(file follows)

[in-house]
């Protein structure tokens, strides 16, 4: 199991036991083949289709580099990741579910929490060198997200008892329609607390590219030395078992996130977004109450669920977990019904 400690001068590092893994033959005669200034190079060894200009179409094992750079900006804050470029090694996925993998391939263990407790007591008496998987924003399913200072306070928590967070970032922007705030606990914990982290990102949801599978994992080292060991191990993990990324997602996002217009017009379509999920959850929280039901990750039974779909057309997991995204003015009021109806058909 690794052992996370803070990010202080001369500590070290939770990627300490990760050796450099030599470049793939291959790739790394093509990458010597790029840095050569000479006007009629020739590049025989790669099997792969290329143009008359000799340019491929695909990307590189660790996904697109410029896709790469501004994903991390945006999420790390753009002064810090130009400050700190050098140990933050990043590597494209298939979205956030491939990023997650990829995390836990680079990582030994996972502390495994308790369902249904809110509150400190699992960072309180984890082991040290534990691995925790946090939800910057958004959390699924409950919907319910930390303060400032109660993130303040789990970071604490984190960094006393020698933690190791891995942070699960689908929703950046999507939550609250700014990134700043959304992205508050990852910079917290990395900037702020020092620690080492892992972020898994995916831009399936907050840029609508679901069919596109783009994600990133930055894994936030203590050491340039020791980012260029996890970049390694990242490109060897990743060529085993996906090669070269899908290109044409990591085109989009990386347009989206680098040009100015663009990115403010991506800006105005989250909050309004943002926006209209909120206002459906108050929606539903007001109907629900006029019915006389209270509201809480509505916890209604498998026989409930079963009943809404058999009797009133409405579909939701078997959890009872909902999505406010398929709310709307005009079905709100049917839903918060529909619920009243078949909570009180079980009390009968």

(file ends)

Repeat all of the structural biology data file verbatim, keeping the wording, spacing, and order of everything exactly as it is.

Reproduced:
[in-house]
């Protein structure tokens, strides 16, 4: 199991036991083949289709580099990741579910929490060198997200008892329609607390590219030395078992996130977004109450669920977990019904 400690001068590092893994033959005669200034190079060894200009179409094992750079900006804050470029090694996925993998391939263990407790007591008496998987924003399913200072306070928590967070970032922007705030606990914990982290990102949801599978994992080292060991191990993990990324997602996002217009017009379509999920959850929280039901990750039974779909057309997991995204003015009021109806058909 690794052992996370803070990010202080001369500590070290939770990627300490990760050796450099030599470049793939291959790739790394093509990458010597790029840095050569000479006007009629020739590049025989790669099997792969290329143009008359000799340019491929695909990307590189660790996904697109410029896709790469501004994903991390945006999420790390753009002064810090130009400050700190050098140990933050990043590597494209298939979205956030491939990023997650990829995390836990680079990582030994996972502390495994308790369902249904809110509150400190699992960072309180984890082991040290534990691995925790946090939800910057958004959390699924409950919907319910930390303060400032109660993130303040789990970071604490984190960094006393020698933690190791891995942070699960689908929703950046999507939550609250700014990134700043959304992205508050990852910079917290990395900037702020020092620690080492892992972020898994995916831009399936907050840029609508679901069919596109783009994600990133930055894994936030203590050491340039020791980012260029996890970049390694990242490109060897990743060529085993996906090669070269899908290109044409990591085109989009990386347009989206680098040009100015663009990115403010991506800006105005989250909050309004943002926006209209909120206002459906108050929606539903007001109907629900006029019915006389209270509201809480509505916890209604498998026989409930079963009943809404058999009797009133409405579909939701078997959890009872909902999505406010398929709310709307005009079905709100049917839903918060529909619920009243078949909570009180079980009390009968």